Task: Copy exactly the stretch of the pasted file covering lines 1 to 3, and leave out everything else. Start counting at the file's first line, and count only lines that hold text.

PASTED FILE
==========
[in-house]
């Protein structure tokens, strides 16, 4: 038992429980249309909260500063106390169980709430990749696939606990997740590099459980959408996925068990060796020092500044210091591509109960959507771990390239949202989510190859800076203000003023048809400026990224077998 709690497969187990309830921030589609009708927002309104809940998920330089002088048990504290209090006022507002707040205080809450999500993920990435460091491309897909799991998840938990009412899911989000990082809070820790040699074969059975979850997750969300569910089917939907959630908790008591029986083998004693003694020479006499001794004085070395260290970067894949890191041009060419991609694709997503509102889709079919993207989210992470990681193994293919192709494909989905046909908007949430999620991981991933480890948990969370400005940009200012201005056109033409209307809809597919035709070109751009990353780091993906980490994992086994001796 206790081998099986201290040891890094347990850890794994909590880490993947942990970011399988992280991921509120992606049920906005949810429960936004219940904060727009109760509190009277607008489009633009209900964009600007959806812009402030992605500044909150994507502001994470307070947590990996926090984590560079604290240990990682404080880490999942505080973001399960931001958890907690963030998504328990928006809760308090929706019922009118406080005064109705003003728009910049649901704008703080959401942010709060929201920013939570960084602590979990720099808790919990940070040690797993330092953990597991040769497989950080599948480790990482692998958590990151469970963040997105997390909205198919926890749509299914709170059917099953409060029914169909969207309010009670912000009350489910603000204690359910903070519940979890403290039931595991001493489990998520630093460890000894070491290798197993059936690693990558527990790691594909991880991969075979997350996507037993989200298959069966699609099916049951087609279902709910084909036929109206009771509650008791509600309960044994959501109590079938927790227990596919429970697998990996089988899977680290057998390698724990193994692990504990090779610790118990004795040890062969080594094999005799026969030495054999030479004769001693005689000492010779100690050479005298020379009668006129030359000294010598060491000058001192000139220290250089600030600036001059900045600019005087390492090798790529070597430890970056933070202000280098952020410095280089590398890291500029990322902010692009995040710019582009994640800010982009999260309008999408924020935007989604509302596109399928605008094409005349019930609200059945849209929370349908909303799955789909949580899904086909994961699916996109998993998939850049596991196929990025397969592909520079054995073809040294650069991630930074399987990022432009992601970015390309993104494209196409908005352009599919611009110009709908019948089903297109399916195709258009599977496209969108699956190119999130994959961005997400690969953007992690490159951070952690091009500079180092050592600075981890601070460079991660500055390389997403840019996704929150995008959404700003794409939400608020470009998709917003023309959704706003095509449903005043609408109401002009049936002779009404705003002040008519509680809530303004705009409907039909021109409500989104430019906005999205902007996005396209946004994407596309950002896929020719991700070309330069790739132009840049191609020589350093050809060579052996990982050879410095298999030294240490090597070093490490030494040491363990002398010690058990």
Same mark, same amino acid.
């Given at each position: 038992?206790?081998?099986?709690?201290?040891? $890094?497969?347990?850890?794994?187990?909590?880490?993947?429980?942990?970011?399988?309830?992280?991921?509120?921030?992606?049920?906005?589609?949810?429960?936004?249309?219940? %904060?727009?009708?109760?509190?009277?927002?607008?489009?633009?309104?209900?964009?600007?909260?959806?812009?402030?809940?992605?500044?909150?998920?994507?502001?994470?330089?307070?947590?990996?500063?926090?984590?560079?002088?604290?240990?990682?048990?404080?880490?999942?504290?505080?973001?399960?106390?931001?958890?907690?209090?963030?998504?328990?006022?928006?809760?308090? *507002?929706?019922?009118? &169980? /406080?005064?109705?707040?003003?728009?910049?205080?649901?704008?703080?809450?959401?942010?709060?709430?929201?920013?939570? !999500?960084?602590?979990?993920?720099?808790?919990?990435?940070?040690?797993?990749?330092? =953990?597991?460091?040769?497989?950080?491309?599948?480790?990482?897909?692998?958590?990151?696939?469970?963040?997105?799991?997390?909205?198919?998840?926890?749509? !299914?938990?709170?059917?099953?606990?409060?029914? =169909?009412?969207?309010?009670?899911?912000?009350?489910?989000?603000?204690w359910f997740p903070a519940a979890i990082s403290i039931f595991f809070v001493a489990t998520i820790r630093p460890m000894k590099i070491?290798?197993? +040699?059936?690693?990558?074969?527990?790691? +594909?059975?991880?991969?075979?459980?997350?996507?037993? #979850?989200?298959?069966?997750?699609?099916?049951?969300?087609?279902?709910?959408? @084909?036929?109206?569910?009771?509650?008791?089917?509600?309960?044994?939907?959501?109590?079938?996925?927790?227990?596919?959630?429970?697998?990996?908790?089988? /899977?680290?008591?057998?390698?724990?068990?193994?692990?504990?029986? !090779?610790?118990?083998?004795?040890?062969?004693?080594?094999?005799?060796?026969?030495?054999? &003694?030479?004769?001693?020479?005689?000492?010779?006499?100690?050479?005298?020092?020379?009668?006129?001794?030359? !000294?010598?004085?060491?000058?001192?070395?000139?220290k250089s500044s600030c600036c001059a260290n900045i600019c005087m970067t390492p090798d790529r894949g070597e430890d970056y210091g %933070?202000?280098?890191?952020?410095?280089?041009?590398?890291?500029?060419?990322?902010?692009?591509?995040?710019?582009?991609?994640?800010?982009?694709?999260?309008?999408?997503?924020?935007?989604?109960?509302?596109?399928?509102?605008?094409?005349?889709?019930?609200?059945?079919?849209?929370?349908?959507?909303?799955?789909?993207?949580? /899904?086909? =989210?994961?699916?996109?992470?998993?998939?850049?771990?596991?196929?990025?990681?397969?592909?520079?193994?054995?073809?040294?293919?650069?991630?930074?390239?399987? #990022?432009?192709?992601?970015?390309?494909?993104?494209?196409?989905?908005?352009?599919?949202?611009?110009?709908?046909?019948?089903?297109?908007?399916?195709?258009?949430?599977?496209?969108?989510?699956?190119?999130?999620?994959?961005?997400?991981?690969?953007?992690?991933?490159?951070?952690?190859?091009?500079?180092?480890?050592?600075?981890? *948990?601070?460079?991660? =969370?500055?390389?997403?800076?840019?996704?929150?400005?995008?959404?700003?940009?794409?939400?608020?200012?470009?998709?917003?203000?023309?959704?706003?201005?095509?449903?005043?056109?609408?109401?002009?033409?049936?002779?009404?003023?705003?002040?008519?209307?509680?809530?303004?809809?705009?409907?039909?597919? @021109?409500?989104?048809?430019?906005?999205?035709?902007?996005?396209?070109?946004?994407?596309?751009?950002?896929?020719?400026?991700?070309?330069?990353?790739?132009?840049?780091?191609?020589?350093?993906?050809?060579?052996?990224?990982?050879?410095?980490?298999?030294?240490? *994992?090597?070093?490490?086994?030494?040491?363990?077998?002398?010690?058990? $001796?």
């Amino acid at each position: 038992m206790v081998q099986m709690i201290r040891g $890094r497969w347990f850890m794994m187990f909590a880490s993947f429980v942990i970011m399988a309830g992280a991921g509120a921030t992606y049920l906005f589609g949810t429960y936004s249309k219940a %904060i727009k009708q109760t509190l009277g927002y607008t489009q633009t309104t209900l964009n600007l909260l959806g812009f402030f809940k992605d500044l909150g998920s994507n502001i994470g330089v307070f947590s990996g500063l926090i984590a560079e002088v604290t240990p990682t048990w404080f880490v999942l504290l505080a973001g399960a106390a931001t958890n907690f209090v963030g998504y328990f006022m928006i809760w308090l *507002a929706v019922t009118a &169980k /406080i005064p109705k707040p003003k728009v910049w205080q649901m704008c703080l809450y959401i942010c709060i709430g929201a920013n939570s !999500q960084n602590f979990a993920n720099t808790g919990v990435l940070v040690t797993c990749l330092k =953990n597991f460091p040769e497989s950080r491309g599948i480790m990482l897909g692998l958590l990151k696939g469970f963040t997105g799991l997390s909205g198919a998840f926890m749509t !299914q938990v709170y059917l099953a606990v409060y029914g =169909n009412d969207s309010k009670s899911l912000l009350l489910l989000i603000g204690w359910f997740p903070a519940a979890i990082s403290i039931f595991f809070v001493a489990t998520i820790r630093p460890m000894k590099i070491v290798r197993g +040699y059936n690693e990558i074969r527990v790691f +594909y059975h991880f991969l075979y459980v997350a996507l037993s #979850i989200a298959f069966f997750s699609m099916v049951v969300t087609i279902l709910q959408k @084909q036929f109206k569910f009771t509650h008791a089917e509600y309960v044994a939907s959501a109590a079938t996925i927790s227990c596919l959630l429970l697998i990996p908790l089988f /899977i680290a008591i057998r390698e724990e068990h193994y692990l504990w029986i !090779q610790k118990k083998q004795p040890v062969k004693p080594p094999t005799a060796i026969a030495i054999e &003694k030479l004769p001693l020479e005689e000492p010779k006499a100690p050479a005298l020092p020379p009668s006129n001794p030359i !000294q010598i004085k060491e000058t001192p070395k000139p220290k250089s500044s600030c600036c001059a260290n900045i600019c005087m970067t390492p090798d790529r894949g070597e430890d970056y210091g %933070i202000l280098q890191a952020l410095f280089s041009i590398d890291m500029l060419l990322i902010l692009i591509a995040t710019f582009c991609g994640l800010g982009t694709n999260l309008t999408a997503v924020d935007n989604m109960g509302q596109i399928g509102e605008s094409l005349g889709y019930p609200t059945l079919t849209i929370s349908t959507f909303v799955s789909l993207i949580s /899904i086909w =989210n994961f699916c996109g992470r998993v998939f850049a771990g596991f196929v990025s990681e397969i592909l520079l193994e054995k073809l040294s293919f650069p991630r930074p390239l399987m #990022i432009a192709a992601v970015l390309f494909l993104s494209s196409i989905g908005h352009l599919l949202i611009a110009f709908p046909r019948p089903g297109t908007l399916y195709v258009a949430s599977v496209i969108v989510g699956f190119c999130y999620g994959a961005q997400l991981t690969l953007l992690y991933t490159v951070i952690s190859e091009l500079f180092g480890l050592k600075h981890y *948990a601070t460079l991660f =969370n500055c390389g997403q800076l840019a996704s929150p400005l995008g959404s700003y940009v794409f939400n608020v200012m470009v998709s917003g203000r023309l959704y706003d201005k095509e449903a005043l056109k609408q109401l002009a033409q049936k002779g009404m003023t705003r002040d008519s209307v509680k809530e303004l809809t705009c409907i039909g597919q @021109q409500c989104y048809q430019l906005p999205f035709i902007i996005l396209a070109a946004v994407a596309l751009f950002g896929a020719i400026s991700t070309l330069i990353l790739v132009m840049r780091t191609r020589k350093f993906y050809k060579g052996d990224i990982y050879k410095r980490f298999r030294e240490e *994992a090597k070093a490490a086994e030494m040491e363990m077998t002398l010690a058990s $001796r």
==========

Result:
[in-house]
């Protein structure tokens, strides 16, 4: 038992429980249309909260500063106390169980709430990749696939606990997740590099459980959408996925068990060796020092500044210091591509109960959507771990390239949202989510190859800076203000003023048809400026990224077998 709690497969187990309830921030589609009708927002309104809940998920330089002088048990504290209090006022507002707040205080809450999500993920990435460091491309897909799991998840938990009412899911989000990082809070820790040699074969059975979850997750969300569910089917939907959630908790008591029986083998004693003694020479006499001794004085070395260290970067894949890191041009060419991609694709997503509102889709079919993207989210992470990681193994293919192709494909989905046909908007949430999620991981991933480890948990969370400005940009200012201005056109033409209307809809597919035709070109751009990353780091993906980490994992086994001796 206790081998099986201290040891890094347990850890794994909590880490993947942990970011399988992280991921509120992606049920906005949810429960936004219940904060727009109760509190009277607008489009633009209900964009600007959806812009402030992605500044909150994507502001994470307070947590990996926090984590560079604290240990990682404080880490999942505080973001399960931001958890907690963030998504328990928006809760308090929706019922009118406080005064109705003003728009910049649901704008703080959401942010709060929201920013939570960084602590979990720099808790919990940070040690797993330092953990597991040769497989950080599948480790990482692998958590990151469970963040997105997390909205198919926890749509299914709170059917099953409060029914169909969207309010009670912000009350489910603000204690359910903070519940979890403290039931595991001493489990998520630093460890000894070491290798197993059936690693990558527990790691594909991880991969075979997350996507037993989200298959069966699609099916049951087609279902709910084909036929109206009771509650008791509600309960044994959501109590079938927790227990596919429970697998990996089988899977680290057998390698724990193994692990504990090779610790118990004795040890062969080594094999005799026969030495054999030479004769001693005689000492010779100690050479005298020379009668006129030359000294010598060491000058001192000139220290250089600030600036001059900045600019005087390492090798790529070597430890970056933070202000280098952020410095280089590398890291500029990322902010692009995040710019582009994640800010982009999260309008999408924020935007989604509302596109399928605008094409005349019930609200059945849209929370349908909303799955789909949580899904086909994961699916996109998993998939850049596991196929990025397969592909520079054995073809040294650069991630930074399987990022432009992601970015390309993104494209196409908005352009599919611009110009709908019948089903297109399916195709258009599977496209969108699956190119999130994959961005997400690969953007992690490159951070952690091009500079180092050592600075981890601070460079991660500055390389997403840019996704929150995008959404700003794409939400608020470009998709917003023309959704706003095509449903005043609408109401002009049936002779009404705003002040008519509680809530303004705009409907039909021109409500989104430019906005999205902007996005396209946004994407596309950002896929020719991700070309330069790739132009840049191609020589350093050809060579052996990982050879410095298999030294240490090597070093490490030494040491363990002398010690058990």
Same mark, same amino acid.